In what's posed to become a milestone in obesity science, researchers have discovered the specific brain circuity that results in overeating, anorexia, bulimia and binge eating, reported Medical News Today on September 30.
The scientists who conducted the study at the University of North Carolina (UNC) School of Medicine believe that their discovery offers exciting new insights into the causes of obesity and eating disorders. In addition, it provides guidance for those treating patients who suffer from anorexia nervosa, bulimia nervosa and binge eating.
What they discovered: When they stimulated a specific area of the brain using fiber optic cables, lab mice experienced hunger. The cell type involved in the study is the gaba neuron, which are located in the bed nucleus of the stria terminalis, known as the BNST.
BNST is the area of the brain linked to emotion, eating, sexual behavior and aggression. And the key discovery: Even though the mice were fed with generous amounts of food before the experiment, they became ravenously hungry and craved high-fat foods when the BNST synapses were triggered.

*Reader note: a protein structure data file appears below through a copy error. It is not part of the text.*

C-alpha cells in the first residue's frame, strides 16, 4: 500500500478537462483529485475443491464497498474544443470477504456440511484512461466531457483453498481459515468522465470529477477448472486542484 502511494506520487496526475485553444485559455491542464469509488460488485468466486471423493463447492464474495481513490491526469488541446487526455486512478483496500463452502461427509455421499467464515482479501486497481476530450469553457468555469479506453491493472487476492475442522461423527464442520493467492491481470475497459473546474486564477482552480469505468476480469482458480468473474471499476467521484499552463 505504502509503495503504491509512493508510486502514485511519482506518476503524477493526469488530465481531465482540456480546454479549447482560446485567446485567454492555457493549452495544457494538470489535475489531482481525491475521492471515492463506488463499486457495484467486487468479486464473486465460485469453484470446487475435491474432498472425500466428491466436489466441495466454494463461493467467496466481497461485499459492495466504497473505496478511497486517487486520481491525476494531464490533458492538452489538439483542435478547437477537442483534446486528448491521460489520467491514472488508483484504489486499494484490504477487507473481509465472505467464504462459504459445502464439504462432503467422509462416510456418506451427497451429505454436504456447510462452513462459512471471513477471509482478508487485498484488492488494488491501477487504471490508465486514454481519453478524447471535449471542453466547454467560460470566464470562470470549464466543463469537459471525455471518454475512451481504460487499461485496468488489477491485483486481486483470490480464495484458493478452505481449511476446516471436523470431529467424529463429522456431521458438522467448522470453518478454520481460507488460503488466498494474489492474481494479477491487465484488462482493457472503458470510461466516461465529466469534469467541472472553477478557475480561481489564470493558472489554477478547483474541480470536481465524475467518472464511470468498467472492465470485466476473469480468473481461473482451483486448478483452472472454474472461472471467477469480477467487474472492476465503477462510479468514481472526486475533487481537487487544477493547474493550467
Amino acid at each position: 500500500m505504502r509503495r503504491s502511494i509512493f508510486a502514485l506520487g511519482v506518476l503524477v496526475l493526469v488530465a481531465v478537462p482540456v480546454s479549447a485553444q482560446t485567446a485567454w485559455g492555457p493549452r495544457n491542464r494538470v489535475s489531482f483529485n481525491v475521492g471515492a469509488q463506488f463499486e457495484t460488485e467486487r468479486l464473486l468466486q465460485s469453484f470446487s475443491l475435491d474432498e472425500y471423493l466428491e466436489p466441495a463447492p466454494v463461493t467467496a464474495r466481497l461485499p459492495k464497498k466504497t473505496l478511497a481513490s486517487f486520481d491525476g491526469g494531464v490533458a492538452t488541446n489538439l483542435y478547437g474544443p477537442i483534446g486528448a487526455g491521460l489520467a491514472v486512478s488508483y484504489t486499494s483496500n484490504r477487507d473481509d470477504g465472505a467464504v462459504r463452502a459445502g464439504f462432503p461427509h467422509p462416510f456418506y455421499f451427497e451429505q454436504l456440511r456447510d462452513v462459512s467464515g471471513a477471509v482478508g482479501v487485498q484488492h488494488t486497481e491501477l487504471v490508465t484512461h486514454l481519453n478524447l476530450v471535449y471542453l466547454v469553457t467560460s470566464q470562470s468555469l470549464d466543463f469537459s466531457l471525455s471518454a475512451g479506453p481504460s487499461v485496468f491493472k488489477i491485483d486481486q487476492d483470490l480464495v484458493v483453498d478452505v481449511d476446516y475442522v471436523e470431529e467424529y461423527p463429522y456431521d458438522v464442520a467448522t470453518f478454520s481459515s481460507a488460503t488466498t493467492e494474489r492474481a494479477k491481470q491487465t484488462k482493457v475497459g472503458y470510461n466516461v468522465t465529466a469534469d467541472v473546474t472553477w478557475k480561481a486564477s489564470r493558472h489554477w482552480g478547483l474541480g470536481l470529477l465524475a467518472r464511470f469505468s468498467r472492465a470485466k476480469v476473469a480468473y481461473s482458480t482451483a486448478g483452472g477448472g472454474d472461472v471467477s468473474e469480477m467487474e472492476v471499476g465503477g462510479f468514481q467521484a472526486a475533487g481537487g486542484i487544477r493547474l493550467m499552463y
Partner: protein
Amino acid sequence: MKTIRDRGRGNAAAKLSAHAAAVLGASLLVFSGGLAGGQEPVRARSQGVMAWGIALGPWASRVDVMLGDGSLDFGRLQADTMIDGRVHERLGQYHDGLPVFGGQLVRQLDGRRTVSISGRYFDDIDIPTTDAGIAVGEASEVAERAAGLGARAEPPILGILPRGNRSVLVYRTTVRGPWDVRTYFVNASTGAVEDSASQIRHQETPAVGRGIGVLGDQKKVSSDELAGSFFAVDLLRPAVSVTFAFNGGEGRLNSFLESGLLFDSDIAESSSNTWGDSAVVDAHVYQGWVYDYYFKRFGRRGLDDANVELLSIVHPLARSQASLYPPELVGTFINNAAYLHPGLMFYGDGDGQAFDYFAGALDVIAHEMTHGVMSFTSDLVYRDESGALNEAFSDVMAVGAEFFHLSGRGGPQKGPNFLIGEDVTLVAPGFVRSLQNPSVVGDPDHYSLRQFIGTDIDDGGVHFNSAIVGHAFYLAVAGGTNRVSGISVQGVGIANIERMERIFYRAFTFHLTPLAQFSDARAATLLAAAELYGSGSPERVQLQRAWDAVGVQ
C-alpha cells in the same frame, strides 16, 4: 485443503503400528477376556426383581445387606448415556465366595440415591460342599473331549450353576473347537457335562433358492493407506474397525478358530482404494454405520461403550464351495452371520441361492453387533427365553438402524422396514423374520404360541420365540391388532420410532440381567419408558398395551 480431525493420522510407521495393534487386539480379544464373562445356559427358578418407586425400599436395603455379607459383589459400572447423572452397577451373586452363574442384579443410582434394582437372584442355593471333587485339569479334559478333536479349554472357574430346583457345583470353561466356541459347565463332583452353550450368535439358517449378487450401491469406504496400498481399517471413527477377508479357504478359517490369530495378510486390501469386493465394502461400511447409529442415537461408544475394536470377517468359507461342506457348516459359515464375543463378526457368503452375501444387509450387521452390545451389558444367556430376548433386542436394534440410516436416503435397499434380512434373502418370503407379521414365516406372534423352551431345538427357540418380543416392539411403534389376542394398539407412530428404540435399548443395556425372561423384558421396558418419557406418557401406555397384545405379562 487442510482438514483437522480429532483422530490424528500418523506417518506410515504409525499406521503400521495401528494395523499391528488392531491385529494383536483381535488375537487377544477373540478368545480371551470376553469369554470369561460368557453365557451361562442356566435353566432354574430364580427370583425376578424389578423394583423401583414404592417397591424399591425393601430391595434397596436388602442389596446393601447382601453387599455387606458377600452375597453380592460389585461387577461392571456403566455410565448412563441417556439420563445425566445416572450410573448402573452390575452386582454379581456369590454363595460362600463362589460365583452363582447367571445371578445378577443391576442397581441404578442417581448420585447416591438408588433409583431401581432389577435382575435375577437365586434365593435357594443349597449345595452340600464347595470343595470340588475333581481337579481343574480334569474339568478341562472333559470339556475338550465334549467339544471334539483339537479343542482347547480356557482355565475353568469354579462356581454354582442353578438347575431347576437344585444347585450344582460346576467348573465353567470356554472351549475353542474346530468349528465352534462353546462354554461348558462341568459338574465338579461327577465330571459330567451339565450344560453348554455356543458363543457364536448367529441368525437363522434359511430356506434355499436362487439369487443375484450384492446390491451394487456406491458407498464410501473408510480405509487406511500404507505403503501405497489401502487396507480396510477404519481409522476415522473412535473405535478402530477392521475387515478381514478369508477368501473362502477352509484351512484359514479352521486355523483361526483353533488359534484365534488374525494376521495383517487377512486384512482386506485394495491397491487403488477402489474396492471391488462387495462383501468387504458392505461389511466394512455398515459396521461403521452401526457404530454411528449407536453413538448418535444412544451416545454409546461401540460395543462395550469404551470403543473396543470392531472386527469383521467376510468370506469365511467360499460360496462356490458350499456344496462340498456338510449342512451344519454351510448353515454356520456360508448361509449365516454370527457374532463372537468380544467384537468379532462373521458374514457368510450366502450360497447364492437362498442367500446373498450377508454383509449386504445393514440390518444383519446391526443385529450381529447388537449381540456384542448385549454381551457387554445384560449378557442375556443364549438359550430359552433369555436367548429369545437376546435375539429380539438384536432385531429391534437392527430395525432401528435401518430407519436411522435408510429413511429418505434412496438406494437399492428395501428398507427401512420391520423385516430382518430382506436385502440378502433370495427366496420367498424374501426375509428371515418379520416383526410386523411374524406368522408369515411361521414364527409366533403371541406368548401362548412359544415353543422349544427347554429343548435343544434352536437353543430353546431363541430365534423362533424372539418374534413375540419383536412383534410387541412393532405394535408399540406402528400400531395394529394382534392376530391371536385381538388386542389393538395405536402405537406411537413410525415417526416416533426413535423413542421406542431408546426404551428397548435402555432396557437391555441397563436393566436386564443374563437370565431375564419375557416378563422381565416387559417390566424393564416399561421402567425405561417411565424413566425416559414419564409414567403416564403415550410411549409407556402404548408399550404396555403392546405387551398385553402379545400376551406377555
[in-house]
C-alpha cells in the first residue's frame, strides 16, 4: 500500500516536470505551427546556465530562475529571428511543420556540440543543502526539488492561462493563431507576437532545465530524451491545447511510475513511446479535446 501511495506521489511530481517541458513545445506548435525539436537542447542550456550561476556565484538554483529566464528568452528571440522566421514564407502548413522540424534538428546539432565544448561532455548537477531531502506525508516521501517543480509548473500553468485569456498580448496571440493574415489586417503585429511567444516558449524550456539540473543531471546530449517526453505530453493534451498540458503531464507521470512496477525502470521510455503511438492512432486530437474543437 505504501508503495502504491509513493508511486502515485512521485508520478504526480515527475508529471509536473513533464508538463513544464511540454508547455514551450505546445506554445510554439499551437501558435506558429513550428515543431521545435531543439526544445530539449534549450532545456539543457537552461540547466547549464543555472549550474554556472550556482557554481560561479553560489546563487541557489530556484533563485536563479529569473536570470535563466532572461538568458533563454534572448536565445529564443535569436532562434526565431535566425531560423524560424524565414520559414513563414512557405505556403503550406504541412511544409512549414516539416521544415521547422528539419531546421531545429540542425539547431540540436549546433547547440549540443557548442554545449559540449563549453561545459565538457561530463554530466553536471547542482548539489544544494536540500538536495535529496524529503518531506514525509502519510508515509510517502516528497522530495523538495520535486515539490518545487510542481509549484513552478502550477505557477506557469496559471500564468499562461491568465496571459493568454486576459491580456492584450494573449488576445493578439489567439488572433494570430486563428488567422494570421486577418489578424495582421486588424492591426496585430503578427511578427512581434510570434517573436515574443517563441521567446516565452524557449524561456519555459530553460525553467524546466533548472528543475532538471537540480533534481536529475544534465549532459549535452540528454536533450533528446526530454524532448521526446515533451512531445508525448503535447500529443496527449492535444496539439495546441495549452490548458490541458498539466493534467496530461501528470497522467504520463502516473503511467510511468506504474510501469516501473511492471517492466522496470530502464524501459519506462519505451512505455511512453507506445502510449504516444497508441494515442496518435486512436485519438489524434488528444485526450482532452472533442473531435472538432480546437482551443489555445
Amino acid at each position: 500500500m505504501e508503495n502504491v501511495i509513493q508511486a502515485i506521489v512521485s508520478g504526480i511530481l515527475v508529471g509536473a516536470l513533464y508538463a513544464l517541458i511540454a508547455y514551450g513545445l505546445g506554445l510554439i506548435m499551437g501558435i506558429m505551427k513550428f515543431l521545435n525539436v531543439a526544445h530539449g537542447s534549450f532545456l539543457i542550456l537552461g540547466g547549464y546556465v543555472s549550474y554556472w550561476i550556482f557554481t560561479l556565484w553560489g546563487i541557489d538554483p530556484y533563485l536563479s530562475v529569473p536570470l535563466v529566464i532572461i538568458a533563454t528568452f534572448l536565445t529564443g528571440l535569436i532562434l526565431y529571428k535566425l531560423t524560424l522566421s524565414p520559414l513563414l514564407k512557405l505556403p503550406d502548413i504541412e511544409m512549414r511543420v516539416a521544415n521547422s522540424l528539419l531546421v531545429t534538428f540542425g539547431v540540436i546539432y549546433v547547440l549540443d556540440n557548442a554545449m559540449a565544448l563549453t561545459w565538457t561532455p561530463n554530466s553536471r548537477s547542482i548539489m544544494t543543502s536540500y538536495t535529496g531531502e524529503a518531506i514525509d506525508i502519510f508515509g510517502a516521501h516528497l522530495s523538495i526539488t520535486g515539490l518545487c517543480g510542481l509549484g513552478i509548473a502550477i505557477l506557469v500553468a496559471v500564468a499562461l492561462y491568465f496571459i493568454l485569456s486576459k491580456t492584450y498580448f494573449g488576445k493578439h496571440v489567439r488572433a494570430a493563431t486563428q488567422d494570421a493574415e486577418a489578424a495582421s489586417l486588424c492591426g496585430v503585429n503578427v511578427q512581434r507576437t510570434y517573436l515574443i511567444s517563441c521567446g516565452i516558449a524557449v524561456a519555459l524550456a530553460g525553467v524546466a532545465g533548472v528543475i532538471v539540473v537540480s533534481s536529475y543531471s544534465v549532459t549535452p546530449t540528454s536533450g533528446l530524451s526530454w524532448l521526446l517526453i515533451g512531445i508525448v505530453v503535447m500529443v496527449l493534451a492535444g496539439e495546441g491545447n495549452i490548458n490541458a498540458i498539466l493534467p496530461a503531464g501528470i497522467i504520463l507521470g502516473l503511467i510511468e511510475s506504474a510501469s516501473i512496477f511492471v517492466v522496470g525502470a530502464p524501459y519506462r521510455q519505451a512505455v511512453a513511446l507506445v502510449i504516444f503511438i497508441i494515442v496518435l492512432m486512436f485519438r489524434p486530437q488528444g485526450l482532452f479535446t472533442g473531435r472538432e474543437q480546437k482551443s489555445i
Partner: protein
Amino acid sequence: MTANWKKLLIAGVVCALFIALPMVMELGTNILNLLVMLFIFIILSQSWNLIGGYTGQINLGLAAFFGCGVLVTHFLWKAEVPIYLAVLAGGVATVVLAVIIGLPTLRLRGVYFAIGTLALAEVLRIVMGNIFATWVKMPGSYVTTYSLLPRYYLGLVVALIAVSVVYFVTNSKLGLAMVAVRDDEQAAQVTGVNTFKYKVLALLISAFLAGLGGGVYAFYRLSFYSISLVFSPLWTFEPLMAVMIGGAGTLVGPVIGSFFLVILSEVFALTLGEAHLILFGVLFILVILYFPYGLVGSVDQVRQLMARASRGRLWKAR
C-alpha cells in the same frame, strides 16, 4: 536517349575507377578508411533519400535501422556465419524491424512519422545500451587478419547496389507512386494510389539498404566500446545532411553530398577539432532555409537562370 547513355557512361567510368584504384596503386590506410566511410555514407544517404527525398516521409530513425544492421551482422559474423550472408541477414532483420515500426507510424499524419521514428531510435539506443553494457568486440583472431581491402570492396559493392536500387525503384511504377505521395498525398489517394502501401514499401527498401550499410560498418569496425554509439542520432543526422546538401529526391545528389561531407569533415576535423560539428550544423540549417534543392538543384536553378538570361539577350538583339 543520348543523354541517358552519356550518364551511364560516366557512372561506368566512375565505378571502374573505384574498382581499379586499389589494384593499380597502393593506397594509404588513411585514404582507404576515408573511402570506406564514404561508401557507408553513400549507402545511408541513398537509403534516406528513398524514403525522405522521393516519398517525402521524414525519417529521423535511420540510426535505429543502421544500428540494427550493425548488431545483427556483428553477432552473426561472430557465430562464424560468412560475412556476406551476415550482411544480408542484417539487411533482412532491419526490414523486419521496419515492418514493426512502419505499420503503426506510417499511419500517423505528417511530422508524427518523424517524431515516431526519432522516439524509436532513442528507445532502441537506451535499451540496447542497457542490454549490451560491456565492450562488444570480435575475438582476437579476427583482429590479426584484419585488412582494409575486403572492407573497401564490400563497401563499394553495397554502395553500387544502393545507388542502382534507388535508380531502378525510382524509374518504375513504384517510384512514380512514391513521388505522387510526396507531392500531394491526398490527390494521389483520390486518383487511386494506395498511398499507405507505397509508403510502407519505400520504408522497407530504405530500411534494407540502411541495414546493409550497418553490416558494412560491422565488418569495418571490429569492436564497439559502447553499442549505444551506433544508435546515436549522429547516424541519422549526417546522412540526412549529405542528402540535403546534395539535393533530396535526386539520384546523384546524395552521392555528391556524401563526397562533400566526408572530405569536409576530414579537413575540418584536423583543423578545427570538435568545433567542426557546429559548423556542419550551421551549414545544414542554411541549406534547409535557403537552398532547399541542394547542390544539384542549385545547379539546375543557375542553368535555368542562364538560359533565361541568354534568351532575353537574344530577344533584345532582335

"They would essentially eat up to half their daily caloric intake in about 20 minutes," said Garret Stuber, assistant professor in the Department of psychiatry and Department of Cell Biology and Physiology at UNC.
"This suggests that this BNST pathway could play a role in food consumption and pathological conditions such as binge eating."
The scientists emphasize that their study "underscores that obesity and other eating disorders have a neurological basis. With further study, we could figure out how to regulate the activity of cells in a specific region of the brain and develop treatments."
In addition, they noted that it is possible some individuals actually have "faulty wiring" in their BNST cells. In such cases, they would have problems recognizing when they are hungry or full, potentially resulting in eating disorders or obesity.